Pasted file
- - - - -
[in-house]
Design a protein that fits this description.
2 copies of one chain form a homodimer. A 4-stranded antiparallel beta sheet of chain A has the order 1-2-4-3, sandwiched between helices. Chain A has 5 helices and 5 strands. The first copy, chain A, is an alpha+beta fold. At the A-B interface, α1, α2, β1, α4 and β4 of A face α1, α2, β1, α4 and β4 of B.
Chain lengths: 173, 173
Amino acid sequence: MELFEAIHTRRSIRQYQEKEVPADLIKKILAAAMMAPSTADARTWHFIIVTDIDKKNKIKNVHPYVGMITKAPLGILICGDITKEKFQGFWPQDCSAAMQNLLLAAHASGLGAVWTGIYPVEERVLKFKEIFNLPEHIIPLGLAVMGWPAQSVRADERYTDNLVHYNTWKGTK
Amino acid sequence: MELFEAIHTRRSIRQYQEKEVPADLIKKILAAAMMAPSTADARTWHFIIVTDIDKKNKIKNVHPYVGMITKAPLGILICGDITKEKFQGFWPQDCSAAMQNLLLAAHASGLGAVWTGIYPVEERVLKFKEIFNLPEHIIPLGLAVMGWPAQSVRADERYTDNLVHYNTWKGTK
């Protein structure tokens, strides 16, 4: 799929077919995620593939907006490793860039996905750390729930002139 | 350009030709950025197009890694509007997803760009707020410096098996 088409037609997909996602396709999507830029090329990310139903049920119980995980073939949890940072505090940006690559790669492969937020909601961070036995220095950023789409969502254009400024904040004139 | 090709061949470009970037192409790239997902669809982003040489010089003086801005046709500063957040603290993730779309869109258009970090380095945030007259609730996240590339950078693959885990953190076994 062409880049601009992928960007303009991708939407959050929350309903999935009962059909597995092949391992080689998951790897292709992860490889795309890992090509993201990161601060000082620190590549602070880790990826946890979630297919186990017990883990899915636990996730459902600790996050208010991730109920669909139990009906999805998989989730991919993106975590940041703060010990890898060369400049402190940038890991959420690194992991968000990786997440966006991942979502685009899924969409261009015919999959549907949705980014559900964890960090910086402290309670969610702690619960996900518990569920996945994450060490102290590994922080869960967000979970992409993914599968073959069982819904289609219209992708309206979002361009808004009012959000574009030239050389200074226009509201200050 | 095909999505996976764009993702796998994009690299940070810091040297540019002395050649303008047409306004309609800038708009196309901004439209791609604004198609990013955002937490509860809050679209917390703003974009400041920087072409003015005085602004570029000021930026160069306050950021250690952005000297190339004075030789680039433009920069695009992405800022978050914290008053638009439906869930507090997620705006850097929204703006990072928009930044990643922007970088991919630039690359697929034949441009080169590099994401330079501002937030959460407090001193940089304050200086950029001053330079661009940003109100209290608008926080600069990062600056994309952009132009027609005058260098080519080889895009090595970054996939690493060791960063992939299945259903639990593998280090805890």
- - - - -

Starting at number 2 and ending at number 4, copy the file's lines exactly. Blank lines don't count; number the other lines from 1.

Design a protein that fits this description.
2 copies of one chain form a homodimer. A 4-stranded antiparallel beta sheet of chain A has the order 1-2-4-3, sandwiched between helices. Chain A has 5 helices and 5 strands. The first copy, chain A, is an alpha+beta fold. At the A-B interface, α1, α2, β1, α4 and β4 of A face α1, α2, β1, α4 and β4 of B.
Chain lengths: 173, 173